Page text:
Catholic University's Families and the Law Clinic is
Profiled as Among the Nation's Leaders by Prominent Journal
The Families and the Law Clinic at the Columbus School of Law has been spotlighted as one of the five most innovative law school clinics focusing on family law issues in the most recent issue of the Family Court Review, Vol. 48, Issue 4, 599–726 (Oct. 2010).
The profile of the clinic was written and submitted for publication by Professor Lisa Martin (left), one of its three supervising professors.
The full article, “Ensuring Access to Justice for Self-Represented Litigants,” selected just five such programs from law schools around the nation to hold out as model examples of programs that help students develop lawyering skills while focusing on cases involving domestic violence and family law issues.
Enrolling about 20 Catholic University law students per semester, Martin described the mission of the Families and the Law Clinic this way:
FALC’s twin goals are: (1) to provide an excellent educational opportunity for students, which develops litigation, advocacy, and other lawyering skills, encourages contemplation of the impact of racism, sexism, and class bias in the context of the legal system, and instills a commitment to social justice and pro bono service; and (2) to combat domestic violence in the community on an individual and a systemic level. To reach these goals, FALC students and faculty provide legal services to individual clients and engage in systemic advocacy through community education projects.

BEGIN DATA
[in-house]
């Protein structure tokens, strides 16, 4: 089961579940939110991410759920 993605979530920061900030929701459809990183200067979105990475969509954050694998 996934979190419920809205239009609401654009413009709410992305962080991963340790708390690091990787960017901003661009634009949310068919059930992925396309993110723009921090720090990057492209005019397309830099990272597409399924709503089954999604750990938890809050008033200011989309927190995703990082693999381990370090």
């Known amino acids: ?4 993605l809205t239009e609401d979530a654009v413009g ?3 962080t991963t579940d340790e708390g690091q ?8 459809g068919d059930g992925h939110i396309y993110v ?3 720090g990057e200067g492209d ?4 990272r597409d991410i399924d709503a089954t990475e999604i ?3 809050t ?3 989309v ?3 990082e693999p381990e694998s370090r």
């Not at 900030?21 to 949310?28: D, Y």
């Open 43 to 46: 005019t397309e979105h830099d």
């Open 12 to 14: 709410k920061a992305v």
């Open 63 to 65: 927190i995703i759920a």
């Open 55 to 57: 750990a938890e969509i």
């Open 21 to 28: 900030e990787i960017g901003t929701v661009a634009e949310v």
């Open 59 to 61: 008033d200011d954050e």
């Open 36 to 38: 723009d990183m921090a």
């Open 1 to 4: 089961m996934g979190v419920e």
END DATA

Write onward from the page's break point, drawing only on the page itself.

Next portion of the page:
The article in Family Court Review also discussed the clinic’s innovative outreach program to teach area teenagers about what constitutes as dating violence, as well as recent community projects that FALC students have participated in, such as the D.C. Bar’s Attorney Negotiator Project in D.C. Family Court.
It was edited by Amy G. Applegate, director of the Viola J. Taliaferro Family and Children Mediation Clinic at the Indiana University Maurer School of Law. The full article is forthcoming on Lexis and Westlaw.